Book Reviews

‘The best moments in reading are when you come across something - a thought, a feeling, a way of looking at things - which you had thought special and particular to you. And now, here it is, set down by someone else, a person you have never met, someone even who is long dead. And it is as if a hand has come out, and taken yours.’ Alan Bennett

“Many a book is like a key to unknown chambers within the castle of one’s own self.” ― Franz Kafka

Monday, 12 August 2013

Merivel: A Man of His Time - Rose Tremain - Guest review

Sir Robert Merivel is a deeply-flawed but loveable character, whose early life was chronicled in Tremain’s Booker short-listed novel Restoration. Born to an honest, God-fearing haberdasher, Merivel trains as a medic before becoming a favourite in the court of  King Charles. A life of debauchery and sexual excess is funded by the crown, Merivel’s reward for being a paper-groom to the king’s youngest mistress. But he makes a big mistake, and pays dearly for it; destitute, he is cast out of his beloved home Bidnold and is forced to beg his Quaker friend Pearce for shelter. And there is worse to come…

By the time we meet Merivel at the beginning of this sequel, his fortunes have once again changed. Restored to the King’s favour and to Bidnold, he is cared for by his devoted staff and adored by his beautiful daughter. Happy, but restless, he undertakes a journey to Versailles and the court of Louis, the Sun King.

I have had a copy of Restoration on my shelf for some years and it was only the arrival of a review copy of Merivel that made me lift it down. Although Merivel can be read as a stand-alone novel, it helps to have an understanding of the relationships that have evolved in the earlier novel. Although I’ve read a range of historical novels from Phillipa Gregory to Elizabeth Chadwick, from Georgette Heyer to Anya Seton, I’m not a great connoisseur of the genre. I enjoy some, but very often I find an author’s need to adhere to historical accuracy results in lacklustre storytelling and unimaginative characterisation.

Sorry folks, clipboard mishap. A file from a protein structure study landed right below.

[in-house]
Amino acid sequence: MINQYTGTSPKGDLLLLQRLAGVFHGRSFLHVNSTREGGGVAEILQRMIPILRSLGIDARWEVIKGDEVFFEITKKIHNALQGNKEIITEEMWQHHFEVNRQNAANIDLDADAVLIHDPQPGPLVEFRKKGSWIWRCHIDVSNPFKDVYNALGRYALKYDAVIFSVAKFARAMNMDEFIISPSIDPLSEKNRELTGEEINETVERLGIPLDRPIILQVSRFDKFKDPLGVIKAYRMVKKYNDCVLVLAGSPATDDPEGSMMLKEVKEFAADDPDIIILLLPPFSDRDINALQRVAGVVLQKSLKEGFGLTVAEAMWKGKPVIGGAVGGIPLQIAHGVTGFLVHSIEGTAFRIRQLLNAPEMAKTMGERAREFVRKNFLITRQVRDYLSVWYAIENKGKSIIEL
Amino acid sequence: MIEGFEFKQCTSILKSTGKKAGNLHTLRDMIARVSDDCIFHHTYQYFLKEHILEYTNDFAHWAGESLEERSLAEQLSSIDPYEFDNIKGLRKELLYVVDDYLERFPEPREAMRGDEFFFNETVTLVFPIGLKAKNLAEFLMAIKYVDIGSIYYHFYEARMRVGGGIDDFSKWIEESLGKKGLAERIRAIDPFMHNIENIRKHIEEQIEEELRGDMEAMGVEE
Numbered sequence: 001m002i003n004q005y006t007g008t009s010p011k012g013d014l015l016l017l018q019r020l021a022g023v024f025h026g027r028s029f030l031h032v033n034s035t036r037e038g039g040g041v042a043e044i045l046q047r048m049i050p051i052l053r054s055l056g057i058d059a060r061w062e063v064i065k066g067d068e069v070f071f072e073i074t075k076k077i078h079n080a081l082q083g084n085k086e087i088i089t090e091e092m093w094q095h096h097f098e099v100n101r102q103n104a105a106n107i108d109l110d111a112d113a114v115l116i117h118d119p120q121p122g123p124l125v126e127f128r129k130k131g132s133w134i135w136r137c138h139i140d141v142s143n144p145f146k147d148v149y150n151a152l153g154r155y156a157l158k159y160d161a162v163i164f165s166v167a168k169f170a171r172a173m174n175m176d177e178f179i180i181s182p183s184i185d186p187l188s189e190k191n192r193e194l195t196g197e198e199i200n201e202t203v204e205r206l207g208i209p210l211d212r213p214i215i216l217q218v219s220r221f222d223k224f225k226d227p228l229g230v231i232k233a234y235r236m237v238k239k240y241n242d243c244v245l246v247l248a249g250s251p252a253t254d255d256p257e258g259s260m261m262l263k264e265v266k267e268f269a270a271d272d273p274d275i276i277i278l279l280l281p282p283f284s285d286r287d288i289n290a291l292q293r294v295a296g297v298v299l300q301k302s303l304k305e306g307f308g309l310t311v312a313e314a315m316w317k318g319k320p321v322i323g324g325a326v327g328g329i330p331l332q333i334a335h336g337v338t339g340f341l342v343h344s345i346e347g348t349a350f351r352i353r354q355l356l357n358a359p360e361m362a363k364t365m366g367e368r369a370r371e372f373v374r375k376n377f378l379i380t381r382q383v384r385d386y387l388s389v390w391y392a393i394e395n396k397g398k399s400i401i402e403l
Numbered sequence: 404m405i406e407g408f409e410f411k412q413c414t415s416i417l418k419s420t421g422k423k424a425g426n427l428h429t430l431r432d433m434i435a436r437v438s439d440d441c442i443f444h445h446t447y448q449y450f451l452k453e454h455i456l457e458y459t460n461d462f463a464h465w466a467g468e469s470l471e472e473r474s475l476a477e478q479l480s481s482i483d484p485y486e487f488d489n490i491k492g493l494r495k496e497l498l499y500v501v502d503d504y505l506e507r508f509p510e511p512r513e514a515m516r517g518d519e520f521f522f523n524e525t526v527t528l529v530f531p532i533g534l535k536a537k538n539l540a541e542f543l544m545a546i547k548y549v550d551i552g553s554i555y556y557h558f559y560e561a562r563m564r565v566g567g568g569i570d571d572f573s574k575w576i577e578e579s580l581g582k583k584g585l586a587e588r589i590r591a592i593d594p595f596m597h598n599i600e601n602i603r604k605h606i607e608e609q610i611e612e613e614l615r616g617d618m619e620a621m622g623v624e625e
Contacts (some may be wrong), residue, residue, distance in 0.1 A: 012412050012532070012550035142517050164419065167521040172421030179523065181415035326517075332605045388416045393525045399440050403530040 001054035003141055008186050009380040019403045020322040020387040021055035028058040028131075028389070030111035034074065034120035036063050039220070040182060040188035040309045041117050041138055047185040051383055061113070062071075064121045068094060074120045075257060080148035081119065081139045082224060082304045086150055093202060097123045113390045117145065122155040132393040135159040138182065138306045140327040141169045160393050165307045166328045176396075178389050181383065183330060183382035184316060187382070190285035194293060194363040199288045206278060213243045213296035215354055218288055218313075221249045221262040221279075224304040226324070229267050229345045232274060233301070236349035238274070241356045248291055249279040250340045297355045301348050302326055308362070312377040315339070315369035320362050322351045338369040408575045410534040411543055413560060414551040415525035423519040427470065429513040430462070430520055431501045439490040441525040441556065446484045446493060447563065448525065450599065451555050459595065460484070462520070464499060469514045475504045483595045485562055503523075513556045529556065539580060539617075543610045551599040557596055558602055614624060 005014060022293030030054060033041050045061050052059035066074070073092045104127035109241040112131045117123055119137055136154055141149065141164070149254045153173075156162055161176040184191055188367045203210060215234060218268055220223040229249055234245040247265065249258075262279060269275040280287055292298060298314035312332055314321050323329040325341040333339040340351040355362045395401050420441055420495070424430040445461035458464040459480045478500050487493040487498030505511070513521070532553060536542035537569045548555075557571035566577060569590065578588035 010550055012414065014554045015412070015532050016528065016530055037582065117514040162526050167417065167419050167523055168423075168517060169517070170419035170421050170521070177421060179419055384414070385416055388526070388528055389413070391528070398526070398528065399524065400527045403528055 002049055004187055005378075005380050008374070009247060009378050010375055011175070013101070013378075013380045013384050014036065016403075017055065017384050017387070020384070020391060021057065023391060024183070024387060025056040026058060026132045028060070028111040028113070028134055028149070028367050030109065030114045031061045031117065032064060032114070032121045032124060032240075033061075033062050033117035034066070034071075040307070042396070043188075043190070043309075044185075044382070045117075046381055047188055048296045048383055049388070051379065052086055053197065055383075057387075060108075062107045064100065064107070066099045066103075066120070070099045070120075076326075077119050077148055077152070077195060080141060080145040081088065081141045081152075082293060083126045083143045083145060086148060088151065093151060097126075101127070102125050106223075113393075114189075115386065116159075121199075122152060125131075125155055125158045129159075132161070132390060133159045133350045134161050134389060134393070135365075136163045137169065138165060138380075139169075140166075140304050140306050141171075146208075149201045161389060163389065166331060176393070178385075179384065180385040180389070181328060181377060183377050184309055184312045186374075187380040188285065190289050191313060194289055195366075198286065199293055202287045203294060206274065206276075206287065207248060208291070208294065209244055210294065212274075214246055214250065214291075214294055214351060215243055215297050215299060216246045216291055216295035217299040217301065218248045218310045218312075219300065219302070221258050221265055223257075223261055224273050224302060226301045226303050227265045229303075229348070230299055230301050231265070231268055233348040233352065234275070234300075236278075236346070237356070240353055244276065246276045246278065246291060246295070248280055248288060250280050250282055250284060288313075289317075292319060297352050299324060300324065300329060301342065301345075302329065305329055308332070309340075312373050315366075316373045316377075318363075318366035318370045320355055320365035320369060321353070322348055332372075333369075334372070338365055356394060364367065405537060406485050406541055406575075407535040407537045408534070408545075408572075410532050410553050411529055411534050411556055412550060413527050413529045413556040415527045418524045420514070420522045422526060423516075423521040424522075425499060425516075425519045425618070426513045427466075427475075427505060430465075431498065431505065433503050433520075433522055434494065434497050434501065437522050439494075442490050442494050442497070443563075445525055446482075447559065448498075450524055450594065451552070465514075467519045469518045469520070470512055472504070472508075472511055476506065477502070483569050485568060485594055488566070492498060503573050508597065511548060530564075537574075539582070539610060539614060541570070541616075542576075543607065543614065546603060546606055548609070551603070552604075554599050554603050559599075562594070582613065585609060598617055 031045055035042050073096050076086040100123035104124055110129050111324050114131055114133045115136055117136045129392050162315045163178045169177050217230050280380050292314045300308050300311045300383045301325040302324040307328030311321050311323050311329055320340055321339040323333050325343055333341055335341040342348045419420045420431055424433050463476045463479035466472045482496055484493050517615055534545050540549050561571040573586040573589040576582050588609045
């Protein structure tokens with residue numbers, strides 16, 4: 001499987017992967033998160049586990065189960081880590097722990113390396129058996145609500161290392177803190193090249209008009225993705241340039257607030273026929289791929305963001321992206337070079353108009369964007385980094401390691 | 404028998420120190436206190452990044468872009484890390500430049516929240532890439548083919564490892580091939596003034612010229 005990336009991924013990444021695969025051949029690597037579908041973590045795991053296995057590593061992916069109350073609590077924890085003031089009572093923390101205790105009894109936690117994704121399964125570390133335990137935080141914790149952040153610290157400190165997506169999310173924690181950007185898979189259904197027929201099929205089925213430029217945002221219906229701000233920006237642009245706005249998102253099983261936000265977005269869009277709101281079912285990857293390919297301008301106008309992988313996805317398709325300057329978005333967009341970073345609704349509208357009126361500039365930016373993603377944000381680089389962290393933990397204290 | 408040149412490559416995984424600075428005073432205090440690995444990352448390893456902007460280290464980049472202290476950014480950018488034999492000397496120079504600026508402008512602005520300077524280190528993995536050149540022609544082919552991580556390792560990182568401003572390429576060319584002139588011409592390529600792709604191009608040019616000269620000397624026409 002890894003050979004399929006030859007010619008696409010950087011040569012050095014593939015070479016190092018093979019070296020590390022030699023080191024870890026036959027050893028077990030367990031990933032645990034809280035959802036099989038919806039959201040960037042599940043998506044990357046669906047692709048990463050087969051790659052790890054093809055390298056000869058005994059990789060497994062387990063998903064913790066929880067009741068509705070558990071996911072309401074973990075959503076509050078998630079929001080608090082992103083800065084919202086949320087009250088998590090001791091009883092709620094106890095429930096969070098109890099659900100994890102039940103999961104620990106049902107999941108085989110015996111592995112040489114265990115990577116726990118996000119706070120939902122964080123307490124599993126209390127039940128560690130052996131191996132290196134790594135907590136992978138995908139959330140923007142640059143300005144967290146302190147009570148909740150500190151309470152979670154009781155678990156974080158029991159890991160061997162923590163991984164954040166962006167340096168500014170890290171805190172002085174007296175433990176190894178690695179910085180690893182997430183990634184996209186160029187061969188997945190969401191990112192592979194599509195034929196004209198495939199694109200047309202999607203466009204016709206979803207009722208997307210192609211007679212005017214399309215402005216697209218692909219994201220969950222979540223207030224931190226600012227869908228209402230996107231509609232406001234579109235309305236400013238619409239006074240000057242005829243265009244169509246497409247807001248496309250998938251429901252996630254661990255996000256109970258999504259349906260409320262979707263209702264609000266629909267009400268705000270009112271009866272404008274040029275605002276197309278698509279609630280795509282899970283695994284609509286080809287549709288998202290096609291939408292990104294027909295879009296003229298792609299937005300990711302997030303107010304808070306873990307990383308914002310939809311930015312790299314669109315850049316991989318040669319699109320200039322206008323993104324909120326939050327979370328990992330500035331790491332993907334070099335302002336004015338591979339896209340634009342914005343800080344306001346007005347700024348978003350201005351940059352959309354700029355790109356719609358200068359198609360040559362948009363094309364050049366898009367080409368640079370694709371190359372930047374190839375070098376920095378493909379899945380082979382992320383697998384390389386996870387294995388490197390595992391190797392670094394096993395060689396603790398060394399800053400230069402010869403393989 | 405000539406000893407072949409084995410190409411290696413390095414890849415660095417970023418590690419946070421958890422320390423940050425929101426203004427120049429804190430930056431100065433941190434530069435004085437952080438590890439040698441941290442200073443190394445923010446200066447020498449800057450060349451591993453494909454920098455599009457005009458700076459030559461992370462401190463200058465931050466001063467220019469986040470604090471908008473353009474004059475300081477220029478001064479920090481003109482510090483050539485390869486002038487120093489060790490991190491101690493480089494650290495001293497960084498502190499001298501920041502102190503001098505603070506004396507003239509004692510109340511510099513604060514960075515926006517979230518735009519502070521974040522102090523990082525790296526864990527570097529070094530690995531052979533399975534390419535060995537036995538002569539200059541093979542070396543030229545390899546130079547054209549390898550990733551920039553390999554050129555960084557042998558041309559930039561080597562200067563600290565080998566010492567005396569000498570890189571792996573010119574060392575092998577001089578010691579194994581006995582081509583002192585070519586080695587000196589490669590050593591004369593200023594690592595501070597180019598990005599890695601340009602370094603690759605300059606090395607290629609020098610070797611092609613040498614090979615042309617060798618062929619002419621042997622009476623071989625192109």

Not so with Tremain. Sir Robert Merivel is a gem. His story is told in first person in a journal that he calls The Wedge. His observations on life are suffused with self-deprecating humour; even at his most debauched and reckless he maintains a comic and painful self-awareness. For all his faults, he is loyal to both his monarch and his staff, cares for his patients with tenderness and insight, and constantly strives to be a better man. It is easy to feel a certain fondness for Merivel, especially having followed his changing fortunes as a young man.

The settings are richly detailed, whether Tremain is describing the excesses of the English and French courts, the poverty of the Whittlesea Asylum or the steamy (in all senses!) laundry owned by the voluptuous Rosie Pierpoint. The language is sufficiently archaic to be credible as a Restoration text without being inaccessible to a modern reader. The supporting cast of characters is diverse and interesting: the lovers, the courtiers, the servants, the craftsmen, the Quakers and their insane patients – each has his or her own story, contributing to a densely textured evocation of the Restoration period.

Highly recommended – but if, like me, you have a copy of Restoration on a dusty shelf, do yourself a favour and read that first. 

Published by Chatto & Windus

Reviewed by Angi Holden - guest reviewer.

Many thanks to Angi for kindly reading and reviewing this novel for The Little Reader Library.


  1. I thoroughly enjoyed Angi’s review and am very tempted to go out a buy a copy of Restoration and Merivel.

    1. Thanks for reading and commenting Barbara, much appreciated.


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